Starved Rock Stalker

squidwardWhat if it wasn’t the woods where the spooky ghoulish terrors lie, but out in the open right beside them? The fright of the Mississippi Sand Company Mine will have you running as deep into the forests of the Starved Rock State Park as you can.

With this 315 acre sand mine, you don’t need to be afraid of the dark—in fact glare lighting at the site will keep you up all night.  There might not be any vampires, ghosts, or zombies, but there is something very unnatural that should give you a fright.  Toxic silica dust.

Mississippi Sand Mine will blast rock formations containing St. Peter Sandstone, releasing thousands of particles of silica dust daily.  Silica dust is a known carcinogen, with particles so tiny they seep into your lungs and can lead to silicosis and other respiratory disease.  If that doesn’t give you goosebumps, consider this: recently mined silica dust is even more toxic and can travel up to 15 miles from the original site.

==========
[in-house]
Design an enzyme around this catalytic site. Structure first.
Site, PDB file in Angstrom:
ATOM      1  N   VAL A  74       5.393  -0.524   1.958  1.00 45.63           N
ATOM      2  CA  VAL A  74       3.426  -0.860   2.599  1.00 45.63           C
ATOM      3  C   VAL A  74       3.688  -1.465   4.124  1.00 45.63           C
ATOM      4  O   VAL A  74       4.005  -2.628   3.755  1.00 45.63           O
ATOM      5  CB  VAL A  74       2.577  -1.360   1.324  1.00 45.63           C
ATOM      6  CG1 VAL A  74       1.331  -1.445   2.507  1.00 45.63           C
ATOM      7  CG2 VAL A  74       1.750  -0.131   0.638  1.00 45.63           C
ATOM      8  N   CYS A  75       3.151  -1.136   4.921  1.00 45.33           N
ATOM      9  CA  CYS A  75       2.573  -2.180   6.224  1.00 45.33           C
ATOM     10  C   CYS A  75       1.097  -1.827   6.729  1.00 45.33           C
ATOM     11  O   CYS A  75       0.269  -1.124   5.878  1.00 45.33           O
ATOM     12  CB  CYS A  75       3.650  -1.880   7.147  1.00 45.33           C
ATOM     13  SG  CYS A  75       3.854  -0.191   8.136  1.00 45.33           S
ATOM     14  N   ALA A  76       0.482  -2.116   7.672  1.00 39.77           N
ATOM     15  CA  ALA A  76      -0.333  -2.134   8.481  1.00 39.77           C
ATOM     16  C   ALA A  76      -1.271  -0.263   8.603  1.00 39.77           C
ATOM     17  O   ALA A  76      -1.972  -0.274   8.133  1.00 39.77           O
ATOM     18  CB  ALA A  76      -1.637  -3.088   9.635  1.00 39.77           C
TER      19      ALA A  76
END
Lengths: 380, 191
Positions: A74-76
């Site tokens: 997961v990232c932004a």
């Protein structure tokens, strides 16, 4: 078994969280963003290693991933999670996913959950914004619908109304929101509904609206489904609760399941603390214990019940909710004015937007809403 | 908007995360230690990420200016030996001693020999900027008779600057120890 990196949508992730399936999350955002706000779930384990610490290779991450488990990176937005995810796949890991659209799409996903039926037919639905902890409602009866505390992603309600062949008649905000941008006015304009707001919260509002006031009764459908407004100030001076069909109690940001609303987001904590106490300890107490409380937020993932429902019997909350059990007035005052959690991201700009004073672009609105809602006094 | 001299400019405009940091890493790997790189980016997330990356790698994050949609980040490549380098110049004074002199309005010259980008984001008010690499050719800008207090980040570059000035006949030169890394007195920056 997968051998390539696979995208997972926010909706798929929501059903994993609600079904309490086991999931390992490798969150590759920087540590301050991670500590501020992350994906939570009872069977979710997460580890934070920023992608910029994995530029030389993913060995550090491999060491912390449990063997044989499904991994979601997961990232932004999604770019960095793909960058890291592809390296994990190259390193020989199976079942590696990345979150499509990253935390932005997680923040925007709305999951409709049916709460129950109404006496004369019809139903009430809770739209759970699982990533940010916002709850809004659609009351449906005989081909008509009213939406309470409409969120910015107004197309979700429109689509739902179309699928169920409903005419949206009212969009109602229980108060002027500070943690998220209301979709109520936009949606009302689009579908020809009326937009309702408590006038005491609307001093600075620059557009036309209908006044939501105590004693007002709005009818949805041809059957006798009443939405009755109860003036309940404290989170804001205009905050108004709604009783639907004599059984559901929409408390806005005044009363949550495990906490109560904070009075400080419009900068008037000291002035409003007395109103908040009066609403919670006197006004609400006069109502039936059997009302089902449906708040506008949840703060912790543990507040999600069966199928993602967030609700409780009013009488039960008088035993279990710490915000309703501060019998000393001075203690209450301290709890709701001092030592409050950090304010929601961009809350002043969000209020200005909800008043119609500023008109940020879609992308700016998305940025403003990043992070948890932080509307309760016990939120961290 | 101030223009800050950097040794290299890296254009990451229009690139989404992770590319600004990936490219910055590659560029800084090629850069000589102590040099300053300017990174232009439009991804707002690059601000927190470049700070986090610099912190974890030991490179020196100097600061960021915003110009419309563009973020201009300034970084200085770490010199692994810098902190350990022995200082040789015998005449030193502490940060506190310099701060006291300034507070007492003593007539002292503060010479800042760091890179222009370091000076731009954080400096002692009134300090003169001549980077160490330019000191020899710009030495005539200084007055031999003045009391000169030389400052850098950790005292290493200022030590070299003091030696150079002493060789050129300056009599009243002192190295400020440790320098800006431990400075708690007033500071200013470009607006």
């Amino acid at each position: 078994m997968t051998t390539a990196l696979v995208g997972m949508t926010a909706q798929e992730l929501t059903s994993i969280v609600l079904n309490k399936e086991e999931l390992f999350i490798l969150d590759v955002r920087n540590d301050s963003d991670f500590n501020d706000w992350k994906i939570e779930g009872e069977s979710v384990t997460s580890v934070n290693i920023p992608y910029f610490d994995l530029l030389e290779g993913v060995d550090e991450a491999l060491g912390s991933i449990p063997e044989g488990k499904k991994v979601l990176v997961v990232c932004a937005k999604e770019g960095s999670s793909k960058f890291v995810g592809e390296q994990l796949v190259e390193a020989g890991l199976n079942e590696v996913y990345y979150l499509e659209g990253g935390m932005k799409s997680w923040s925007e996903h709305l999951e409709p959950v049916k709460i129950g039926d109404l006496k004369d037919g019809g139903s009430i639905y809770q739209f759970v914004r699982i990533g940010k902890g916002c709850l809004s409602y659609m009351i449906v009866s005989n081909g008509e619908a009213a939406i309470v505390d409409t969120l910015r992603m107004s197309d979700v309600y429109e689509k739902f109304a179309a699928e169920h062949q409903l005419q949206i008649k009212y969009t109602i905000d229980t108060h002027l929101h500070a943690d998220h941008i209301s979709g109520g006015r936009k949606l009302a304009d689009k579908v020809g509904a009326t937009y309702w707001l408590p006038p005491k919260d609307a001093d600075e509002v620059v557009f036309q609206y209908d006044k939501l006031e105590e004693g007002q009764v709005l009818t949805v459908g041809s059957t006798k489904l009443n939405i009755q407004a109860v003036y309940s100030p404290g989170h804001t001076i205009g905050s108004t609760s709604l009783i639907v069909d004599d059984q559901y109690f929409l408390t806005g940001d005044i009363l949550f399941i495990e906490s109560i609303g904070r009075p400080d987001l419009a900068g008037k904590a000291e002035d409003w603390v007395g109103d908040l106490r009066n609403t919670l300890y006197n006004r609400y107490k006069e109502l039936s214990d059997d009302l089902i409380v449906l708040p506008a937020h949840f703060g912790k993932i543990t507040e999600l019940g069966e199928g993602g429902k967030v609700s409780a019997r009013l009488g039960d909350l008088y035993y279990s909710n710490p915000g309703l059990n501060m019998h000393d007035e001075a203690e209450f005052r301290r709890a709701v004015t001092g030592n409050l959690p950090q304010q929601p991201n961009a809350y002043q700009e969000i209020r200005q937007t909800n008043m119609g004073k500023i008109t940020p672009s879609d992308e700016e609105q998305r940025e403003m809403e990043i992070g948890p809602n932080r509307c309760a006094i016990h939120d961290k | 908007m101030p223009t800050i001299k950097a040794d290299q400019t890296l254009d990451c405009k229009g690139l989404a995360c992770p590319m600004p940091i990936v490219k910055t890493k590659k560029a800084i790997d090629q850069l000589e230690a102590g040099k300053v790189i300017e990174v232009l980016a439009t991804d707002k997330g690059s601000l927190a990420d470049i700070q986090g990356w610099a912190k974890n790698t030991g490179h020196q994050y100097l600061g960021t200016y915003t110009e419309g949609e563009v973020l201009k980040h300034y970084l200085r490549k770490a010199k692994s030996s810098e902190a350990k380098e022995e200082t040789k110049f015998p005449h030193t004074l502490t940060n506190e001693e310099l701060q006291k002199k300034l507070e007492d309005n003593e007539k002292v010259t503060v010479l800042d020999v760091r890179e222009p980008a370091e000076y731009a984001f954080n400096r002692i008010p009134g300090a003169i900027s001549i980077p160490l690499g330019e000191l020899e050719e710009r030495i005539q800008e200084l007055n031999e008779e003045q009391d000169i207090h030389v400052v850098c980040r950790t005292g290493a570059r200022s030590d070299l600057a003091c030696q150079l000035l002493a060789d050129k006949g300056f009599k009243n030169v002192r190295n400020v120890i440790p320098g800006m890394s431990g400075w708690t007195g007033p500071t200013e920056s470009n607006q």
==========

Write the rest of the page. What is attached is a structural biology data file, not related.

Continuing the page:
The air isn’t the only hazard from this mine, poised to started operating any day.  Mississippi Sand discharge an average of 1.4 MGD of storm water and pit pumpage into Horseshoe Creek—a tributary to the Illinois River that runs through Starved Rock State Park.  That means the toxic silica dust and the flocculants used to mine the sand would find their ways into our waterways.

What’s even spookier is the precedent Mississippi Sand, IDNR and LaSalle County has sent.  If we allow sand mines next to our most prized state parks, where will they come next? Keep your eyes open.

Tell Governor Quinn to Protect the Prairie State from mining horror stories!
Tell Governor Quinn to Protect the Prairie State from mining horror stories!